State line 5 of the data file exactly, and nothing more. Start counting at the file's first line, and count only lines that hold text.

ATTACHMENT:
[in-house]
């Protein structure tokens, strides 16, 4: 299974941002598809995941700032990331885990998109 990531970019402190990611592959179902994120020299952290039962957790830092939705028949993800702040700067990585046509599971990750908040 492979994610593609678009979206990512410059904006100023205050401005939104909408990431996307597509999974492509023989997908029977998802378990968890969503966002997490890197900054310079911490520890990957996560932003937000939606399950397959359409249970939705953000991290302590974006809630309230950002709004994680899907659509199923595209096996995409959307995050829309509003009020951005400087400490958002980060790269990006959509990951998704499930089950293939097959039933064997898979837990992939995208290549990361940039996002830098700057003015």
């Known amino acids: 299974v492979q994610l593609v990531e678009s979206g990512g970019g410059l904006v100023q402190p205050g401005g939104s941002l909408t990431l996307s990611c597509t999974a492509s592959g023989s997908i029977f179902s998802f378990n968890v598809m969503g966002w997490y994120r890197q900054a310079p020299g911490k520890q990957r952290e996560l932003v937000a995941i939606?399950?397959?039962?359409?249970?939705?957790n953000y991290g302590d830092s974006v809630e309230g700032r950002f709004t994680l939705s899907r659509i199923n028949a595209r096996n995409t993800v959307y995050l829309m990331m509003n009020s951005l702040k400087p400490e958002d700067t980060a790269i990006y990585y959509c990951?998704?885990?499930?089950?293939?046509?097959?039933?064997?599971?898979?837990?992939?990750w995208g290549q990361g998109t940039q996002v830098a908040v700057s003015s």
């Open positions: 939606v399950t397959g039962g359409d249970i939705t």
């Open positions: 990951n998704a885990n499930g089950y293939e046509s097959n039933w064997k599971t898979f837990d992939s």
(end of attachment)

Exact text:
């Open positions: 990951n998704a885990n499930g089950y293939e046509s097959n039933w064997k599971t898979f837990d992939s």